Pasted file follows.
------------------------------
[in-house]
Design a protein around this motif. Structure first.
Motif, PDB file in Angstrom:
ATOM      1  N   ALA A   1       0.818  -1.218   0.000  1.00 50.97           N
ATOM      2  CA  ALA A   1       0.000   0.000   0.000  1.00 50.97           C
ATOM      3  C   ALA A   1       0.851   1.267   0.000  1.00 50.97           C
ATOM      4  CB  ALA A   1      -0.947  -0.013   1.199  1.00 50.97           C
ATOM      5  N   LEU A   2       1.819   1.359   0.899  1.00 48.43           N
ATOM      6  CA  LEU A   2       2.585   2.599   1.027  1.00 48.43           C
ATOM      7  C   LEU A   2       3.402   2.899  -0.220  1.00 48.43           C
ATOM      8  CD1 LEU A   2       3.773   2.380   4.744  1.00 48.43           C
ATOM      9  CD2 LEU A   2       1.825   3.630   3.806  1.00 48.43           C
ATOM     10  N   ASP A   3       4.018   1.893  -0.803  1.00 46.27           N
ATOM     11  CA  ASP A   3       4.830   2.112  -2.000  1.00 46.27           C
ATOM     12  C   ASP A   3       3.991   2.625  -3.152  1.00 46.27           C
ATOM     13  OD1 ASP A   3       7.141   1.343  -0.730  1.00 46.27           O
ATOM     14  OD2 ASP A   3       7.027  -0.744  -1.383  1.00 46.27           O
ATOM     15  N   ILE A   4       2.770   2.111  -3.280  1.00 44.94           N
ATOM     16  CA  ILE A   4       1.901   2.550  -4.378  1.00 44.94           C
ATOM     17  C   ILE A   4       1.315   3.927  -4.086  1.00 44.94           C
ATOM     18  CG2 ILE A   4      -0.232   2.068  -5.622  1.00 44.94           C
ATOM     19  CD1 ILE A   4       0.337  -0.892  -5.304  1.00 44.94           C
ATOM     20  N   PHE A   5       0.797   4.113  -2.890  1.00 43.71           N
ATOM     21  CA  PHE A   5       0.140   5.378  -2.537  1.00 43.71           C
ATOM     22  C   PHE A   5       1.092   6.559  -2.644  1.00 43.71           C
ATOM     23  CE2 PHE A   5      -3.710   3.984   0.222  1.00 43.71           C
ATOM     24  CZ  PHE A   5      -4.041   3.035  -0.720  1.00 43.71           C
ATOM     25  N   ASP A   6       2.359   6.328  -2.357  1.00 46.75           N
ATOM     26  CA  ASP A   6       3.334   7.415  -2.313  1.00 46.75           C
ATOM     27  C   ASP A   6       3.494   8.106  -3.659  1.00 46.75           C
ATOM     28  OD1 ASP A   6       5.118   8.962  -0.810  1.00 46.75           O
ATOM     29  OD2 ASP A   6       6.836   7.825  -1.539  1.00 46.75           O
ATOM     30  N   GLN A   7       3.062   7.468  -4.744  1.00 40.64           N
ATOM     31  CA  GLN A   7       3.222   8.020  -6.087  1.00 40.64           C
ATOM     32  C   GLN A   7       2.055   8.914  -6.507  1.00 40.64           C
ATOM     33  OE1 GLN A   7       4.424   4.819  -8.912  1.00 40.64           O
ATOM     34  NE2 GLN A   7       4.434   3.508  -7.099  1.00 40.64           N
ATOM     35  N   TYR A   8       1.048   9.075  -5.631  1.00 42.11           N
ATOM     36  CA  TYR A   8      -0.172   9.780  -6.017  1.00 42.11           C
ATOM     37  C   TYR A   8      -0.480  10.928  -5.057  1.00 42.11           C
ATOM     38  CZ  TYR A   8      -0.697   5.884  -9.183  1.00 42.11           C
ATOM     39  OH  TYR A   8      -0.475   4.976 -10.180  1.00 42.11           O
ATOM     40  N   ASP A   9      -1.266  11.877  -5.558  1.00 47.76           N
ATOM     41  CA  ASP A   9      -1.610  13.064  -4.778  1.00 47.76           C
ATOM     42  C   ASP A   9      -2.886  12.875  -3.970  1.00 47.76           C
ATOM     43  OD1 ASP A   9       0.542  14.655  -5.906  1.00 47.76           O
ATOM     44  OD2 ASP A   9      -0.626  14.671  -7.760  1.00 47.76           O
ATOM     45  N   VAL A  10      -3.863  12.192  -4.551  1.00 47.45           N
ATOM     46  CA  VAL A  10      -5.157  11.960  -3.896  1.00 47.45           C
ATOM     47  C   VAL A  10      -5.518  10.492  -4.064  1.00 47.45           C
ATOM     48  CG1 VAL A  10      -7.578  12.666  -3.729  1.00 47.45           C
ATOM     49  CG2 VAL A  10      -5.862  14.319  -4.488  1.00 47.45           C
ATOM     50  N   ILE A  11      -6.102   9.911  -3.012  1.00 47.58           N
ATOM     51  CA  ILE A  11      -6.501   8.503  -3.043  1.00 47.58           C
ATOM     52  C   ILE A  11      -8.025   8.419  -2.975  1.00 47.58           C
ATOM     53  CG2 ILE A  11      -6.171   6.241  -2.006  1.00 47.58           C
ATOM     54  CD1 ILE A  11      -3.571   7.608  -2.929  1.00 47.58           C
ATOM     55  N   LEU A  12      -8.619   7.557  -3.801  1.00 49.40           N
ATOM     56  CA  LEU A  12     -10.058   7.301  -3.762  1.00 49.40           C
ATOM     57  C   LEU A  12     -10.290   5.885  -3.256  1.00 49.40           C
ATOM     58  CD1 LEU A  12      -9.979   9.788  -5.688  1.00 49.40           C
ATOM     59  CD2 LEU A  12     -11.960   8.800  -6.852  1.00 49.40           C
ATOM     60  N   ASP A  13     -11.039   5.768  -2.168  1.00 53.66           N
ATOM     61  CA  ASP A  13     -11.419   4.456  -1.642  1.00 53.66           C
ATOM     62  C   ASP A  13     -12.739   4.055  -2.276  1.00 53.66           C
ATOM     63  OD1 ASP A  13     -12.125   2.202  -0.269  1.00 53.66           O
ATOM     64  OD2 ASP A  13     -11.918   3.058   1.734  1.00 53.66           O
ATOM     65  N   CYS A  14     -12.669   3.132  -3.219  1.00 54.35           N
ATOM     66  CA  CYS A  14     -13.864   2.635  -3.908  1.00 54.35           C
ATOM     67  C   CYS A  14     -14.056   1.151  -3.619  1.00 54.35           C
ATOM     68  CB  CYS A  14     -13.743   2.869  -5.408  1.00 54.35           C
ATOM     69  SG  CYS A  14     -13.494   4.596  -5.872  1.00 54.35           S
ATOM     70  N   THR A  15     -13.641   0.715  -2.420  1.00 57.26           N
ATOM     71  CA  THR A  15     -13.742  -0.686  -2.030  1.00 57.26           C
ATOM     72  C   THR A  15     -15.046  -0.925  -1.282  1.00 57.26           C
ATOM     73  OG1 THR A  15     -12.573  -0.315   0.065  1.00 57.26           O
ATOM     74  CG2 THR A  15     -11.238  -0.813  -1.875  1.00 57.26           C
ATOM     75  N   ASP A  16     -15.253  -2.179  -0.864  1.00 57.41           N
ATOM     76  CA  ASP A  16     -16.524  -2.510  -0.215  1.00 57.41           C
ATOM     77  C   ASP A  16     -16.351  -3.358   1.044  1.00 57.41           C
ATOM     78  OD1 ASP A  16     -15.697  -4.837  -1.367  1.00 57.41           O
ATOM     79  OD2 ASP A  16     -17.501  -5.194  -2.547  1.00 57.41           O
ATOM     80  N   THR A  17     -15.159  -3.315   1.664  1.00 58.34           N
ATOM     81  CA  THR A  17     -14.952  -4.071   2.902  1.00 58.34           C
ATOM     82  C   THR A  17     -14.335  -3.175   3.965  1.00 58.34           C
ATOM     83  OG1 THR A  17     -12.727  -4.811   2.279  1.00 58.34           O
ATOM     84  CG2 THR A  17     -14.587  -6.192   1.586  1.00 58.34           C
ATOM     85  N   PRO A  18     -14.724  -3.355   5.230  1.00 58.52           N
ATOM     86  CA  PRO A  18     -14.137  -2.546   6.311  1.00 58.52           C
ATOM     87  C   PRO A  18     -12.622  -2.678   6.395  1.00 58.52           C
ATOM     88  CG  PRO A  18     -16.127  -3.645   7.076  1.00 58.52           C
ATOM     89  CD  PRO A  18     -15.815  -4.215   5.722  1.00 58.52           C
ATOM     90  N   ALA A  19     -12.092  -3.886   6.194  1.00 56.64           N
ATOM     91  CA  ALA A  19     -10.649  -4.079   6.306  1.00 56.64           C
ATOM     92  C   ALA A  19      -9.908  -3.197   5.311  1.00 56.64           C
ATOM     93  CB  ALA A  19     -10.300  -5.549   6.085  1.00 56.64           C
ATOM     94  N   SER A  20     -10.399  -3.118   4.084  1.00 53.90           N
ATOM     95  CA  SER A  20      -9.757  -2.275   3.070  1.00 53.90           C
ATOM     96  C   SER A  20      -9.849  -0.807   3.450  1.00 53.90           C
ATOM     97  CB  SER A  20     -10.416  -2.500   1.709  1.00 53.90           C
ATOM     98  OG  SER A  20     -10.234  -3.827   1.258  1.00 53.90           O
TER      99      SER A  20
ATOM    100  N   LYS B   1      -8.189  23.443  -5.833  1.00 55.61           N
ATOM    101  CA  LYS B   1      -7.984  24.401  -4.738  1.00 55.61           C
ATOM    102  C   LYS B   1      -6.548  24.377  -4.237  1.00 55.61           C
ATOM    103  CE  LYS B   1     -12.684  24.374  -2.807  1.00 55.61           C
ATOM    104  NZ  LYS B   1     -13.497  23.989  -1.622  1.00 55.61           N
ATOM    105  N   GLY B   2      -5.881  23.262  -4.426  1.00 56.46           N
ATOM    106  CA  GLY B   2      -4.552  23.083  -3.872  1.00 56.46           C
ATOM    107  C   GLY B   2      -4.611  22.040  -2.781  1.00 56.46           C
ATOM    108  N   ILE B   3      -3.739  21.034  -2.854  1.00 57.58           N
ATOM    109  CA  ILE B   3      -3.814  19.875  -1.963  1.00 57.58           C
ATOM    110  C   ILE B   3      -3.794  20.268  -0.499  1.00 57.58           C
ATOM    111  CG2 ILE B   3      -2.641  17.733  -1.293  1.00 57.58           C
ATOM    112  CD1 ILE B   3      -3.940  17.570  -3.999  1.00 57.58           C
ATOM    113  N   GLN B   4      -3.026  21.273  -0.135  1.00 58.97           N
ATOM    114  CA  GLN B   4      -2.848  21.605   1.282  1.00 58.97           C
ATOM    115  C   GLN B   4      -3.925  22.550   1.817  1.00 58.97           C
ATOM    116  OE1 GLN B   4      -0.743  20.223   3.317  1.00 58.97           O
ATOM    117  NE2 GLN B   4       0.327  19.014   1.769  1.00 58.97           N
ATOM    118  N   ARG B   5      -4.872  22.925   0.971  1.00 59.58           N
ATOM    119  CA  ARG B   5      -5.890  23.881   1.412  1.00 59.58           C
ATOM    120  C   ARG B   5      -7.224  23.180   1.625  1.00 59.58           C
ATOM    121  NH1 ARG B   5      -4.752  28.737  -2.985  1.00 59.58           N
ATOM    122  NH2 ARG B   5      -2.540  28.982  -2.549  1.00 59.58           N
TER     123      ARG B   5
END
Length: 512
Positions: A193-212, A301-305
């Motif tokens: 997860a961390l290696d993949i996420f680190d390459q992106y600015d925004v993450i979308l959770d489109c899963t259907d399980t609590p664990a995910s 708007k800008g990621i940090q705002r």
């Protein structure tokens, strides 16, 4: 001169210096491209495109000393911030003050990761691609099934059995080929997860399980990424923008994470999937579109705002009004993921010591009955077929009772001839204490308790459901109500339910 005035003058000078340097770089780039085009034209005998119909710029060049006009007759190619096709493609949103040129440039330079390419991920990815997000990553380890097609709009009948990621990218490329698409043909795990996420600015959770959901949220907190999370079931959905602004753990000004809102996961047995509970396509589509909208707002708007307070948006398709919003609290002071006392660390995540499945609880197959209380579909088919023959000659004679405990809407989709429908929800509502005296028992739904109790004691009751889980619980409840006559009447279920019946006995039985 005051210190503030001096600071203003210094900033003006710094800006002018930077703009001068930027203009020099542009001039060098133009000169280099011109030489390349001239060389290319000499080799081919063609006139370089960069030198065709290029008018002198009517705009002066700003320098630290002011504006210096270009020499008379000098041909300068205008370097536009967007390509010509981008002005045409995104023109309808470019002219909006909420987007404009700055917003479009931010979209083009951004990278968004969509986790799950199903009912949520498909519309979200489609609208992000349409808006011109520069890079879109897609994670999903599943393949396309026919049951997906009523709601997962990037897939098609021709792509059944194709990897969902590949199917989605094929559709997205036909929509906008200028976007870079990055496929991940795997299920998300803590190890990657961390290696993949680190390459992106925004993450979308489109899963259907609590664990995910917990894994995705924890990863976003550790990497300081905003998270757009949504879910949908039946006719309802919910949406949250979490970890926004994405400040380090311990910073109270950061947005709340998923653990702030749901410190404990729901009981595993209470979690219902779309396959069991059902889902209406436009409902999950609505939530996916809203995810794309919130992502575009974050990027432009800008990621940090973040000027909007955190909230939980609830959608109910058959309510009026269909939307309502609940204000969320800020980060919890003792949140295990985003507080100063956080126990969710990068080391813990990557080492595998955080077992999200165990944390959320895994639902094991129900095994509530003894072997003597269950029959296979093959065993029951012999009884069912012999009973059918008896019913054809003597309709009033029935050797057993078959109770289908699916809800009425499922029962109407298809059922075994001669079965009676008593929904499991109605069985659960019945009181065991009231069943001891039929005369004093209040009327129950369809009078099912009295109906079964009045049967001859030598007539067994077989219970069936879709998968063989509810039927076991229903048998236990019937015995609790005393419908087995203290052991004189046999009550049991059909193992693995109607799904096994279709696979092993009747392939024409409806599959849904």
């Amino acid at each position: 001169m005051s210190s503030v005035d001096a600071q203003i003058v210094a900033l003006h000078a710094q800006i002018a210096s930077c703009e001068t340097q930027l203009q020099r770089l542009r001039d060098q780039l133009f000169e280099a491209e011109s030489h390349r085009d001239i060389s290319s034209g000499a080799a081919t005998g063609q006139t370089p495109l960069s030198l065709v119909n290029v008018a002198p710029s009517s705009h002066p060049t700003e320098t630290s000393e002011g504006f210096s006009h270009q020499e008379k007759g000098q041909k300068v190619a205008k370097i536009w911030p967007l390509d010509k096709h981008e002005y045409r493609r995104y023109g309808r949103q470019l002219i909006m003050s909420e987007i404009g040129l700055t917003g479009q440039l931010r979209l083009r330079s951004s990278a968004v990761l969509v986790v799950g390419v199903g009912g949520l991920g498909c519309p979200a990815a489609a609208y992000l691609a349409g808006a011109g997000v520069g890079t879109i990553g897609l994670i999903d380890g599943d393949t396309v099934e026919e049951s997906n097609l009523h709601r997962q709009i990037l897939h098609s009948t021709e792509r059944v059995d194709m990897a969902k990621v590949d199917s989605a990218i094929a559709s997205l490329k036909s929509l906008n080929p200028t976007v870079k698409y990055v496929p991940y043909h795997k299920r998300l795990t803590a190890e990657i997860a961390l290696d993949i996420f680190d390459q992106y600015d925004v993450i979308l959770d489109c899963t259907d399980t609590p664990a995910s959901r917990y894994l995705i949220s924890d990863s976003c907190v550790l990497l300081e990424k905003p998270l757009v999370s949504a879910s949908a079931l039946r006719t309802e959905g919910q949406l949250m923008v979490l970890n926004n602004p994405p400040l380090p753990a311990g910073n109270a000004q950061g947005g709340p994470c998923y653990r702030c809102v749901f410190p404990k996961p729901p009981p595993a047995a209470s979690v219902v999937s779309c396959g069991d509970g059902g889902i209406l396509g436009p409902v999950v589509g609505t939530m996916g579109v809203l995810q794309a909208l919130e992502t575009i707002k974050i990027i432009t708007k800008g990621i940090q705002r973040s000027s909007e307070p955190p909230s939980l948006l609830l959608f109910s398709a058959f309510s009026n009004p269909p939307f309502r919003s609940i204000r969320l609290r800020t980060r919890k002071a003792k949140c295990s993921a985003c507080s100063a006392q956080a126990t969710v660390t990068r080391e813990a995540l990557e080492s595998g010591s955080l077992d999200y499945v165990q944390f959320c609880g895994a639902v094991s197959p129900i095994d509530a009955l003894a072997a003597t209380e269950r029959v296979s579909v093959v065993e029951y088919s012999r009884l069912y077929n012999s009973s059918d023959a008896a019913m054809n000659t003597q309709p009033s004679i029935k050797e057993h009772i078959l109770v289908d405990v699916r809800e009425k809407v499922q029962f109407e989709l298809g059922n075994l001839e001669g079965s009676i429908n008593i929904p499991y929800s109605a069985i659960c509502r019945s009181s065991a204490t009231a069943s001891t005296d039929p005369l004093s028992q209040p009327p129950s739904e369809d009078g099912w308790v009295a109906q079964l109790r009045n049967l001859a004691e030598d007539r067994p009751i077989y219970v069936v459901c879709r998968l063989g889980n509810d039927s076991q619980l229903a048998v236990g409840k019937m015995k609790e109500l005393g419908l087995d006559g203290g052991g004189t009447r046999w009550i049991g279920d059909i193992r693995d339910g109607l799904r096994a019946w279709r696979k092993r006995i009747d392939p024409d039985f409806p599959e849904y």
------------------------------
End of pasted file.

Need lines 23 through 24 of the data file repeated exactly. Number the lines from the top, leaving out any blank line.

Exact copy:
ATOM     20  N   PHE A   5       0.797   4.113  -2.890  1.00 43.71           N
ATOM     21  CA  PHE A   5       0.140   5.378  -2.537  1.00 43.71           C